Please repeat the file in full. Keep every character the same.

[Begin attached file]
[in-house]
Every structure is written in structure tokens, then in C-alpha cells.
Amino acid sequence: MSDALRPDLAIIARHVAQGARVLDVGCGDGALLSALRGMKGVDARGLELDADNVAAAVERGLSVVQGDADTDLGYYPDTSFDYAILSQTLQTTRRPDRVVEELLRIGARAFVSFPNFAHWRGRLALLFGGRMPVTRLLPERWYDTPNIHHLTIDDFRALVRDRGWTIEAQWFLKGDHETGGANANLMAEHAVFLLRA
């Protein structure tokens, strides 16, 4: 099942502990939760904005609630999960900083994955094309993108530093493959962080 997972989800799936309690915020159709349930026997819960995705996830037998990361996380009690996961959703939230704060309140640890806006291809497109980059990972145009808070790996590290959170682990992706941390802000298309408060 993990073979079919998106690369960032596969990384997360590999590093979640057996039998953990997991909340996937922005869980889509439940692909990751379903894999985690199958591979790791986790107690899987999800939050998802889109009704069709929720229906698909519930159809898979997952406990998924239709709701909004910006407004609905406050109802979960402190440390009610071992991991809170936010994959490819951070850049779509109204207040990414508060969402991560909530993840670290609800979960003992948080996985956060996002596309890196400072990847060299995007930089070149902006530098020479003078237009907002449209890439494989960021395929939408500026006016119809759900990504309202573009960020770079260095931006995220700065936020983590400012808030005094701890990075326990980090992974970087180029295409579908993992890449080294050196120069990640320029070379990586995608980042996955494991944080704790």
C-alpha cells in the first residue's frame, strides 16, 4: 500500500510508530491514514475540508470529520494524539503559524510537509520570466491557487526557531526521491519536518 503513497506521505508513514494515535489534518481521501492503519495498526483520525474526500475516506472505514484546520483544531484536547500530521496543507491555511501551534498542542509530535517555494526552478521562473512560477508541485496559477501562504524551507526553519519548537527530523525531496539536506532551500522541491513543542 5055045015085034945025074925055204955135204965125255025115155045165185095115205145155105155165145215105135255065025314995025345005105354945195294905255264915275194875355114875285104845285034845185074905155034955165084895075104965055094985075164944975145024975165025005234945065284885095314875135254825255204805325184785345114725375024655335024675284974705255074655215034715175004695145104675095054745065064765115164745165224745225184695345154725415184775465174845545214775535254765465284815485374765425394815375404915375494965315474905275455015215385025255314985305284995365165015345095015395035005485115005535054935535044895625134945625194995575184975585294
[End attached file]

[in-house]
Every structure is written in structure tokens, then in C-alpha cells.
Amino acid sequence: MSDALRPDLAIIARHVAQGARVLDVGCGDGALLSALRGMKGVDARGLELDADNVAAAVERGLSVVQGDADTDLGYYPDTSFDYAILSQTLQTTRRPDRVVEELLRIGARAFVSFPNFAHWRGRLALLFGGRMPVTRLLPERWYDTPNIHHLTIDDFRALVRDRGWTIEAQWFLKGDHETGGANANLMAEHAVFLLRA
């Protein structure tokens, strides 16, 4: 099942502990939760904005609630999960900083994955094309993108530093493959962080 997972989800799936309690915020159709349930026997819960995705996830037998990361996380009690996961959703939230704060309140640890806006291809497109980059990972145009808070790996590290959170682990992706941390802000298309408060 993990073979079919998106690369960032596969990384997360590999590093979640057996039998953990997991909340996937922005869980889509439940692909990751379903894999985690199958591979790791986790107690899987999800939050998802889109009704069709929720229906698909519930159809898979997952406990998924239709709701909004910006407004609905406050109802979960402190440390009610071992991991809170936010994959490819951070850049779509109204207040990414508060969402991560909530993840670290609800979960003992948080996985956060996002596309890196400072990847060299995007930089070149902006530098020479003078237009907002449209890439494989960021395929939408500026006016119809759900990504309202573009960020770079260095931006995220700065936020983590400012808030005094701890990075326990980090992974970087180029295409579908993992890449080294050196120069990640320029070379990586995608980042996955494991944080704790």
C-alpha cells in the first residue's frame, strides 16, 4: 500500500510508530491514514475540508470529520494524539503559524510537509520570466491557487526557531526521491519536518 503513497506521505508513514494515535489534518481521501492503519495498526483520525474526500475516506472505514484546520483544531484536547500530521496543507491555511501551534498542542509530535517555494526552478521562473512560477508541485496559477501562504524551507526553519519548537527530523525531496539536506532551500522541491513543542 5055045015085034945025074925055204955135204965125255025115155045165185095115205145155105155165145215105135255065025314995025345005105354945195294905255264915275194875355114875285104845285034845185074905155034955165084895075104965055094985075164944975145024975165025005234945065284885095314875135254825255204805325184785345114725375024655335024675284974705255074655215034715175004695145104675095054745065064765115164745165224745225184695345154725415184775465174845545214775535254765465284815485374765425394815375404915375494965315474905275455015215385025255314985305284995365165015345095015395035005485115005535054935535044895625134945625194995575184975585294